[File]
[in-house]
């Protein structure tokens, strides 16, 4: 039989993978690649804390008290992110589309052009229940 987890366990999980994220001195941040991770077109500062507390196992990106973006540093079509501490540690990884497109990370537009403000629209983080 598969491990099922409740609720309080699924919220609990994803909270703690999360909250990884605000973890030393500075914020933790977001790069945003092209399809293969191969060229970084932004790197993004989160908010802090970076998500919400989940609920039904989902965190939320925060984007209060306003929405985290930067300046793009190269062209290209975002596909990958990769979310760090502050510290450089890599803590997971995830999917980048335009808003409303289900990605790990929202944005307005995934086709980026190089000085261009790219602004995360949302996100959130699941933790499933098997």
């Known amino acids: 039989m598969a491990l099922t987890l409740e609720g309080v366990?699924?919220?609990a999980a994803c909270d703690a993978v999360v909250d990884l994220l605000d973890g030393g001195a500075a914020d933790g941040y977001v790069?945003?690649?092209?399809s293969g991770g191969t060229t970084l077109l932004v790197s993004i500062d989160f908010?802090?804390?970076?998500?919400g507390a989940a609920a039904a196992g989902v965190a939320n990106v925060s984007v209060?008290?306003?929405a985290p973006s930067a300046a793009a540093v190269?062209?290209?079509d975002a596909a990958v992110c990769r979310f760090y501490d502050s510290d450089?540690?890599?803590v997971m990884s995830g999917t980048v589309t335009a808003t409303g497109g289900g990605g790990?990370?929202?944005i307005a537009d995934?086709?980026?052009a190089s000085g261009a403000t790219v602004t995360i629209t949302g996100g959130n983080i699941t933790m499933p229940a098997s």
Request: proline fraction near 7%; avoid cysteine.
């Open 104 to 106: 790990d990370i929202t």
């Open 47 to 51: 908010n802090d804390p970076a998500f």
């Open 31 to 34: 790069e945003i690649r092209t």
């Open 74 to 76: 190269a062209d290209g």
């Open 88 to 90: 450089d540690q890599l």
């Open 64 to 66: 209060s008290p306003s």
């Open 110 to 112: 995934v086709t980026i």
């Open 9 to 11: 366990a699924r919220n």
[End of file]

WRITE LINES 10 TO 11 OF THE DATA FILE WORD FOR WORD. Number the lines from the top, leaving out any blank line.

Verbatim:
């Open 64 to 66: 209060s008290p306003s």
């Open 110 to 112: 995934v086709t980026i």